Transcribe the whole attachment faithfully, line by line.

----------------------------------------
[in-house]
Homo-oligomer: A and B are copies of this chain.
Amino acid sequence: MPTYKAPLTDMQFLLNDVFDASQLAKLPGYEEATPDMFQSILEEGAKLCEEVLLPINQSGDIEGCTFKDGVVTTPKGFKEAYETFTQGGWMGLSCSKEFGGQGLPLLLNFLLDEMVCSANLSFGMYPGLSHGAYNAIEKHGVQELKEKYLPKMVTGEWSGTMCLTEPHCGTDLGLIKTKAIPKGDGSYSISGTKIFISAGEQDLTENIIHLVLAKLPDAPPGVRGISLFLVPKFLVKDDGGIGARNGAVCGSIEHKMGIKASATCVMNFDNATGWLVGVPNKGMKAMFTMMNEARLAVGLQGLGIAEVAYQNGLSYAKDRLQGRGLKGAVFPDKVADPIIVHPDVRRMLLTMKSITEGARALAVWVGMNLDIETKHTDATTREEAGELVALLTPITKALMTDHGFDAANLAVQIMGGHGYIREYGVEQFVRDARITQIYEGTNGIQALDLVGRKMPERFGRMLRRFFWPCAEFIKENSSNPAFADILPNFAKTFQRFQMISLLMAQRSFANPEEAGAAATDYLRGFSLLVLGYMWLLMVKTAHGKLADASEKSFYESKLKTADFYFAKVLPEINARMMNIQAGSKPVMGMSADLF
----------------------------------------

[in-house]
Homo-oligomer: A and B are copies of this chain.
Amino acid sequence: MPTYKAPLTDMQFLLNDVFDASQLAKLPGYEEATPDMFQSILEEGAKLCEEVLLPINQSGDIEGCTFKDGVVTTPKGFKEAYETFTQGGWMGLSCSKEFGGQGLPLLLNFLLDEMVCSANLSFGMYPGLSHGAYNAIEKHGVQELKEKYLPKMVTGEWSGTMCLTEPHCGTDLGLIKTKAIPKGDGSYSISGTKIFISAGEQDLTENIIHLVLAKLPDAPPGVRGISLFLVPKFLVKDDGGIGARNGAVCGSIEHKMGIKASATCVMNFDNATGWLVGVPNKGMKAMFTMMNEARLAVGLQGLGIAEVAYQNGLSYAKDRLQGRGLKGAVFPDKVADPIIVHPDVRRMLLTMKSITEGARALAVWVGMNLDIETKHTDATTREEAGELVALLTPITKALMTDHGFDAANLAVQIMGGHGYIREYGVEQFVRDARITQIYEGTNGIQALDLVGRKMPERFGRMLRRFFWPCAEFIKENSSNPAFADILPNFAKTFQRFQMISLLMAQRSFANPEEAGAAATDYLRGFSLLVLGYMWLLMVKTAHGKLADASEKSFYESKLKTADFYFAKVLPEINARMMNIQAGSKPVMGMSADLF